KLAUS SCHULZE: Angst (1984)
“Angst is a good cd and excellent way to be introduced to the sound of Klaus Schulze”
1 Freeze 6:36
2 Pain 9:36
3 Memory 4:50
4 Surrender 8:41
5 Beyond 10:16
6 Silent Survivor
SPV 304812 CD-REV 032
(CD 72:06) (V.F.)
(Minimalist New Berlin School)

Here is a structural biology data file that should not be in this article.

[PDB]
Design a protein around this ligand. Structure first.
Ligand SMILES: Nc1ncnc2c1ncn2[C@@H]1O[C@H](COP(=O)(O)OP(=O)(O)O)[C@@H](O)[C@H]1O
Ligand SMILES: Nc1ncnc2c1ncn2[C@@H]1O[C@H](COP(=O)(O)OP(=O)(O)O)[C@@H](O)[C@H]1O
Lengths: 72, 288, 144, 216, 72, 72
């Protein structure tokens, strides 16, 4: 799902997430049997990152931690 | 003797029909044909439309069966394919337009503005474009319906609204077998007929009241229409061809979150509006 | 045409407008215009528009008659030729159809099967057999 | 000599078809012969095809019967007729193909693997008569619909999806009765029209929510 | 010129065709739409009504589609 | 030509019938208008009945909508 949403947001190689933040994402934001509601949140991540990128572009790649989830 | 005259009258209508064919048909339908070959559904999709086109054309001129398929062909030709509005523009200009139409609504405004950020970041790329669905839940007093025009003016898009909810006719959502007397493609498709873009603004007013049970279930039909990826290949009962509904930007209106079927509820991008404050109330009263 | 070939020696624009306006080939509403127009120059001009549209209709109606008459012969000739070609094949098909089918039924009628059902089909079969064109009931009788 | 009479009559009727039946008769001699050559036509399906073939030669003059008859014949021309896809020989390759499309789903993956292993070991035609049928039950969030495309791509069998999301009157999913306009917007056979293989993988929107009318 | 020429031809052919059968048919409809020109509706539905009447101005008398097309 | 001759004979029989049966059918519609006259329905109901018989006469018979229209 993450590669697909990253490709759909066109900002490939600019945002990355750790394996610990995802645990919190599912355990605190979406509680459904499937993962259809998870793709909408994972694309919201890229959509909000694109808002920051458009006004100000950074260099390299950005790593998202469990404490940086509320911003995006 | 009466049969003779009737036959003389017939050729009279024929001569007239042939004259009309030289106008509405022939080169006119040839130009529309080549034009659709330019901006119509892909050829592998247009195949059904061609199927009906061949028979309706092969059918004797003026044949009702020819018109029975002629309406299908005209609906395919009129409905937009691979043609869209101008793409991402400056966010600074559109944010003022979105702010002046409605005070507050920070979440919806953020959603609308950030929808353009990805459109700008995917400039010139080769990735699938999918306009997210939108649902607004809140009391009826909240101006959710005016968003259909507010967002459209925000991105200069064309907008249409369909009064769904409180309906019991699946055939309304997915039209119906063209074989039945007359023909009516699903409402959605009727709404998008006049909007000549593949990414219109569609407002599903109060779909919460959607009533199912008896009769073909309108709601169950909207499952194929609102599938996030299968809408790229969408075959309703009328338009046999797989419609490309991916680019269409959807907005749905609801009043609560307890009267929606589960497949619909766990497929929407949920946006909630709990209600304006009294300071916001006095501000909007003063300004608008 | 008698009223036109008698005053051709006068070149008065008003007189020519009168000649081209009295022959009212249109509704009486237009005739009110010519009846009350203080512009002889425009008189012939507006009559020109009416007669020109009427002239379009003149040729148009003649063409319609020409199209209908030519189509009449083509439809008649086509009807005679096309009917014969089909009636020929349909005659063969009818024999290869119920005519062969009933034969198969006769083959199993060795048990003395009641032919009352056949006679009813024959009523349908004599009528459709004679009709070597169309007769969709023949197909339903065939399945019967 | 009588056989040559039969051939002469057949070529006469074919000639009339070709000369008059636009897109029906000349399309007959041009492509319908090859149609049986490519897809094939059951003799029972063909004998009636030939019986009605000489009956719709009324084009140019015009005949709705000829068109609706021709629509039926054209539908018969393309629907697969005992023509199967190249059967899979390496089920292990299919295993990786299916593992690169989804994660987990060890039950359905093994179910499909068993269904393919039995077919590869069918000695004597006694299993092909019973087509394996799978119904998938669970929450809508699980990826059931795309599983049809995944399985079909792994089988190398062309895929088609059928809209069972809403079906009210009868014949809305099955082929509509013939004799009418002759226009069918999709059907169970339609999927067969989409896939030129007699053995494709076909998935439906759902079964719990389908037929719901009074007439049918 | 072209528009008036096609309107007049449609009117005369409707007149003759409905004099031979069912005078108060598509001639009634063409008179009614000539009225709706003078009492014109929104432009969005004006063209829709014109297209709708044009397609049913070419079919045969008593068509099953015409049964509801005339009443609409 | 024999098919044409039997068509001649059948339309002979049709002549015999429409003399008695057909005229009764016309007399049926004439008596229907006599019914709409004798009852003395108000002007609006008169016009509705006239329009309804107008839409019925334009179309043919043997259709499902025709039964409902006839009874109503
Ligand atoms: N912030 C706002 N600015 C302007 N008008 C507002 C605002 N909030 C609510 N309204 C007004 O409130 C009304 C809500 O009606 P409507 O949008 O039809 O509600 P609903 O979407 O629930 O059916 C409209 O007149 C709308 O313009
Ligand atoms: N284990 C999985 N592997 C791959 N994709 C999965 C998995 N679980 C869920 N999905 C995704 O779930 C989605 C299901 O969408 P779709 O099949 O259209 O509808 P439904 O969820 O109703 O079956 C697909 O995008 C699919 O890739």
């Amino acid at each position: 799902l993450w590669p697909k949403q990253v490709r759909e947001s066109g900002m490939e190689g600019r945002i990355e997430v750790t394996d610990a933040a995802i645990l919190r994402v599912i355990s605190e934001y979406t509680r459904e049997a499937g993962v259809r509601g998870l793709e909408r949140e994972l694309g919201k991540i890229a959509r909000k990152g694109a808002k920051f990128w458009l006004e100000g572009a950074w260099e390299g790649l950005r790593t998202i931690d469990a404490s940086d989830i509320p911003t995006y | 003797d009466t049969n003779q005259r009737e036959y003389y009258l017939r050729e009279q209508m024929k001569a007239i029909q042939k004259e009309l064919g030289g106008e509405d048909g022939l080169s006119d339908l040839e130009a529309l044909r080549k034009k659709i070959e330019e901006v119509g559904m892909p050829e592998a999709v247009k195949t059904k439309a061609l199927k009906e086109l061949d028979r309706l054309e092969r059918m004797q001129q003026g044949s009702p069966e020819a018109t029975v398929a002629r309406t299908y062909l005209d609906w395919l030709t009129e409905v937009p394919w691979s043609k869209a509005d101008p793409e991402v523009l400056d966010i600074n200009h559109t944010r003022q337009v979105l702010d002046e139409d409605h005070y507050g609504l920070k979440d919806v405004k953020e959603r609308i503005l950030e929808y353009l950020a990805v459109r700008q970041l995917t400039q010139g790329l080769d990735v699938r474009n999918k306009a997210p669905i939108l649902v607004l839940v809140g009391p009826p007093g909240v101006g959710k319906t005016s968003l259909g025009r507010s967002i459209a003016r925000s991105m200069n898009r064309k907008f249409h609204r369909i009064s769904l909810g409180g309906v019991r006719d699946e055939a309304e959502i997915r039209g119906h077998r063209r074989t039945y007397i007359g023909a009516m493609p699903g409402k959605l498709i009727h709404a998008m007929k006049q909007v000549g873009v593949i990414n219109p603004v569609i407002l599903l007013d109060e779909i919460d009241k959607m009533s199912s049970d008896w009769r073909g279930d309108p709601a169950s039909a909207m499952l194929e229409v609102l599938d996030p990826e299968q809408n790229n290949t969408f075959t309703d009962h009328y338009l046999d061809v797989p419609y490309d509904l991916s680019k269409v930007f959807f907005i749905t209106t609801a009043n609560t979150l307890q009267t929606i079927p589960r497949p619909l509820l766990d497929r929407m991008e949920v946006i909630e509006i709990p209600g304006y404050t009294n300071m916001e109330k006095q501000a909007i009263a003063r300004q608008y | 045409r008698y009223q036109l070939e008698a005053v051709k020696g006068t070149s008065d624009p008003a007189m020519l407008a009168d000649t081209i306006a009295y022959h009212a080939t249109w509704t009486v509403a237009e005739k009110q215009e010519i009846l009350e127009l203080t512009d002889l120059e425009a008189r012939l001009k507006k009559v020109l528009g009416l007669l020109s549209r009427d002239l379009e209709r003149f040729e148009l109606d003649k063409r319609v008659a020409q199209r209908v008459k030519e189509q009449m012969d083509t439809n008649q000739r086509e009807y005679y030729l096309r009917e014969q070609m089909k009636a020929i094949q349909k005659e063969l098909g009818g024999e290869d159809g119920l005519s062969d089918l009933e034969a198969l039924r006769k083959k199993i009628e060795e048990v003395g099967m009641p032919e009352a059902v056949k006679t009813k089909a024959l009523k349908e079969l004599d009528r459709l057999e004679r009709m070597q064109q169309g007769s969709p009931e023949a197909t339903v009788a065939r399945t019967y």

ANGST is Klaus Schulze's 17th album solo and it's also the soundtrack of an Australian movie, written and directed by Gerald Kargl, which talks about the life of Werner Kniesek; a psychopath and serial killer. And it's an album as striking than the movie, of which the film-maker embroider around the music, and the 14th album of KS to be reedited in a luxury format by Revisited Records. A necessity? I think so because it remains a work always underestimated in Schulze's repertoire. It's an intense album. And even if the rhythms are blazing, the ambiences are at the same time dreamlike and intriguing, amplifying a strange discomfort which increases as the music enters insidiously between our two hemispheres.